Mentoring first for AQR
Do you remember what it was like when you first started your career in qual, asks Trish Parker, before outlining a new and exciting AQR-backed mentoring scheme.
You're on the first rung of the ladder. You really, really want to do your best, but have never experienced anything like this before: new skills, very bright colleagues, clients, pressure, frightening deadlines, longer hours, some late nights, some early mornings. It's different, and at times hard to cope with.
So there you are, trying hard but sometimes you found yourself running into issues where you could use just a little bit of guidance and you aren't too sure where to turn for help. Call your Mum? Maybe, but will she really understand? Speak to your boss? Will she think I'm a wimp? What about my mates at work? Do I know them well enough and besides, they all seem to be coping
And once you've got past this stage, new questions arise. How am I doing compared to others in the industry? Are my skills being honed to best advantage? What should I be aiming towards next?
I'm sure some of you remember this well. This is why AQR is introducing a mentoring scheme for young researchers, who may benefit from some support, i.e. those relatively new to the industry with less than five years" experience.
Why has AQR done this? Well, we know that mentoring works, it's been around for years, look at Jessie J's mentoring of her team in The Voice, while Marie Claire is currently publicising a service. That's why some larger research companies have already set up their own internal mentoring schemes. As time goes on, more experienced quallies often build an industry network from friends and ex-colleagues who act as informal mentors.
AQR has a number of experienced, respected members who have put themselves forward to help and assist young researchers through the mentoring scheme. It will ensure mentors are properly trained and potential mentees well matched, so that these young people have someone experienced that they can chat things through with, and gain help and advice as and when they need it.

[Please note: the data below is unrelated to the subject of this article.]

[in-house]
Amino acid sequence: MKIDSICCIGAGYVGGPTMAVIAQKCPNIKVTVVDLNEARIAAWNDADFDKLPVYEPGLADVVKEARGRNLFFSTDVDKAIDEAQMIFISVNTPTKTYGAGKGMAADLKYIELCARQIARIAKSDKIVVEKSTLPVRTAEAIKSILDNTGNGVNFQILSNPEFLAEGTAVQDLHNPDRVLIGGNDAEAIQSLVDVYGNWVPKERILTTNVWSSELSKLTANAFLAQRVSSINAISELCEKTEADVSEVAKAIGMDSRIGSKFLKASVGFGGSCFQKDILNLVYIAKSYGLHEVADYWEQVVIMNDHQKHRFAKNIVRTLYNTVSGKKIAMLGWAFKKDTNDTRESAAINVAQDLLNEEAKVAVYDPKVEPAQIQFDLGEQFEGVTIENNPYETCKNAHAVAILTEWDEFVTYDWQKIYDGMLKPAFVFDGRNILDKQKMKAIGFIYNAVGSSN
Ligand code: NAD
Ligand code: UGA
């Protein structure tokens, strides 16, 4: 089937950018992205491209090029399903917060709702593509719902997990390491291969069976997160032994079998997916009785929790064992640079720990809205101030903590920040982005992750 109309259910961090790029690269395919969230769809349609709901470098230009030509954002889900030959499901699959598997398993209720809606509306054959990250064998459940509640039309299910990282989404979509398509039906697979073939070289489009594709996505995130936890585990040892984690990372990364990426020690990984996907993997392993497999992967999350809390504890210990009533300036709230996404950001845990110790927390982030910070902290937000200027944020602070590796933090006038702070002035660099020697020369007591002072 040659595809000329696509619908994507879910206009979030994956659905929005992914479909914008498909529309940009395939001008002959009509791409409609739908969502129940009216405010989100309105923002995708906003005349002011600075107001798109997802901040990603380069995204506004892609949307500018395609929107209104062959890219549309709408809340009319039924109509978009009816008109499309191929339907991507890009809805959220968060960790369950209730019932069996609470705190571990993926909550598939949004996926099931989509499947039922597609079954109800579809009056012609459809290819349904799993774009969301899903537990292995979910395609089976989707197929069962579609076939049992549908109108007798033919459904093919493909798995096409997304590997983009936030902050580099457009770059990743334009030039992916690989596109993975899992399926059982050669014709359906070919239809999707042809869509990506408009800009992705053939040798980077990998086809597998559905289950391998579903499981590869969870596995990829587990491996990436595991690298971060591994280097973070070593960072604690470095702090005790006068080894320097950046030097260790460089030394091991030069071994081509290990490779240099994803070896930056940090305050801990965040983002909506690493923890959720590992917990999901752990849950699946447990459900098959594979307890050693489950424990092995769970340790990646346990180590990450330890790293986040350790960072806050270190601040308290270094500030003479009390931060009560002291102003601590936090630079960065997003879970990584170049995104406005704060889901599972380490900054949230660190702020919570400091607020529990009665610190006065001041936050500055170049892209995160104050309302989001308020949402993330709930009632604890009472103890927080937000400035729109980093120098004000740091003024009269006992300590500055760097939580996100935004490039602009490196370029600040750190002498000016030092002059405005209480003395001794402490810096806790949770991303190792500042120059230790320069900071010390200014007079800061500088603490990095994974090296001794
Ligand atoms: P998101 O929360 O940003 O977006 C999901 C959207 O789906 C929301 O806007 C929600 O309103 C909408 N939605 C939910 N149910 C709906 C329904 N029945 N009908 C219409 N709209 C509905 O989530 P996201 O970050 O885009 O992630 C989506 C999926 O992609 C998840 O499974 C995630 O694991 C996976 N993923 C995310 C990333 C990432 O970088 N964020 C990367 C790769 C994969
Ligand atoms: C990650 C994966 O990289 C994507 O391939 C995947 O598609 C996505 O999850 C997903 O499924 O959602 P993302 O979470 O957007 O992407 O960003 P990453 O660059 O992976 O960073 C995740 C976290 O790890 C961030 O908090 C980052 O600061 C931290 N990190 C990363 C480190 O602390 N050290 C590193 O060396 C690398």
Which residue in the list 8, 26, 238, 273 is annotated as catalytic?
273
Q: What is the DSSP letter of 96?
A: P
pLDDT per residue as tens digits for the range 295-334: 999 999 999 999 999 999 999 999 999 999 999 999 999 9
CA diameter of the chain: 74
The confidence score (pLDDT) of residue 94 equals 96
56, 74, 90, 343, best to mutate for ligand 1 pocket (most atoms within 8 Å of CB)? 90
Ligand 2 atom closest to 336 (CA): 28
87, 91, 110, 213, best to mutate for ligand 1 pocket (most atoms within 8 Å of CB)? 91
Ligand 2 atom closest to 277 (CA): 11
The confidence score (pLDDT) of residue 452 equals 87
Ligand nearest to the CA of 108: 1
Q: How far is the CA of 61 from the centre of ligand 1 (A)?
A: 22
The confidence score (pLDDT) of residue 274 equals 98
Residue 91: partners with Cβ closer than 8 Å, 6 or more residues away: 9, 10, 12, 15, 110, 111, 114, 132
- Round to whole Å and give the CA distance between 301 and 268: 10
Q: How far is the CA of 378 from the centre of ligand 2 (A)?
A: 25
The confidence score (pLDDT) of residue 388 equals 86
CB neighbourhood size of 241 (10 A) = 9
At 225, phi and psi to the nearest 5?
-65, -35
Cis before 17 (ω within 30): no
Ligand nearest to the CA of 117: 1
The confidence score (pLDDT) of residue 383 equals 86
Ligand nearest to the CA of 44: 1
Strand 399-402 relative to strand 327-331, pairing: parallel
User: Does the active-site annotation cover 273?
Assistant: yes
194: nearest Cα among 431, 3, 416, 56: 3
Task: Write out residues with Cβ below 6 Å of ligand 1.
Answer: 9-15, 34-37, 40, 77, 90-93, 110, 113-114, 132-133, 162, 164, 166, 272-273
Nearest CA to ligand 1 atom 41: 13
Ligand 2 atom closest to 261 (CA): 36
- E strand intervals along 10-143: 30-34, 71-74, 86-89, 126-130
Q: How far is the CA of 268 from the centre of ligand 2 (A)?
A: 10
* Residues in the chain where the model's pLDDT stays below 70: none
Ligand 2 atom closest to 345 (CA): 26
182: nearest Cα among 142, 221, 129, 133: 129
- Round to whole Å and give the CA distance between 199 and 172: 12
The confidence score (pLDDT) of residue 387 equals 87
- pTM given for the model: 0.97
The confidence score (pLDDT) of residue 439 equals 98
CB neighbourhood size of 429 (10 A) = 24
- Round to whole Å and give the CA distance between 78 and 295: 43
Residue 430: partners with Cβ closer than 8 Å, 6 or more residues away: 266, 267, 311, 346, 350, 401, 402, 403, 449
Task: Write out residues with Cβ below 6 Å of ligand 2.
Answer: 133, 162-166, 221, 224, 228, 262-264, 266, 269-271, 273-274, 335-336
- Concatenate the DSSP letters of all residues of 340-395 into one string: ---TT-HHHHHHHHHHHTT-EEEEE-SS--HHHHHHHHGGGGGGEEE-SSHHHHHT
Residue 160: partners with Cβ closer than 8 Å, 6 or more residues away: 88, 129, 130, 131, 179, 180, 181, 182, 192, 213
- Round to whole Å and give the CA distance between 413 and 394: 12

What we envisage is facilitating a relationship that can last for as long or as short a time as is beneficial, where the mentee is in control of the frequency of contact and what is on the agenda. The focus will always be oriented towards the mentee's professional and personal growth.
This will be a properly monitored scheme, it is absolutely confidential, and mentors are being rigorously trained to ensure they possess the requisite skills. They will also have to sign a contract which includes a no-poaching agreement. As for the mentees, they will be properly briefed about the parameters of the schemes and can then talk with the absolute assurance that nothing will go any further. The relationship won't be prescriptive, and each one will be different, changing over time.
This is an exciting phase for AQR: we have a number of very experienced quallies who, as a way of giving something back, have volunteered as mentors, plus mentees who have put themselves forward. We may even have space for a few more. We'll start soon, once we have paired people up, and got everyone trained.
Trish Stuart Parker
This article was first published in InBrief magazine, June 2012
Copyright © Association for Qualitative Research, 2012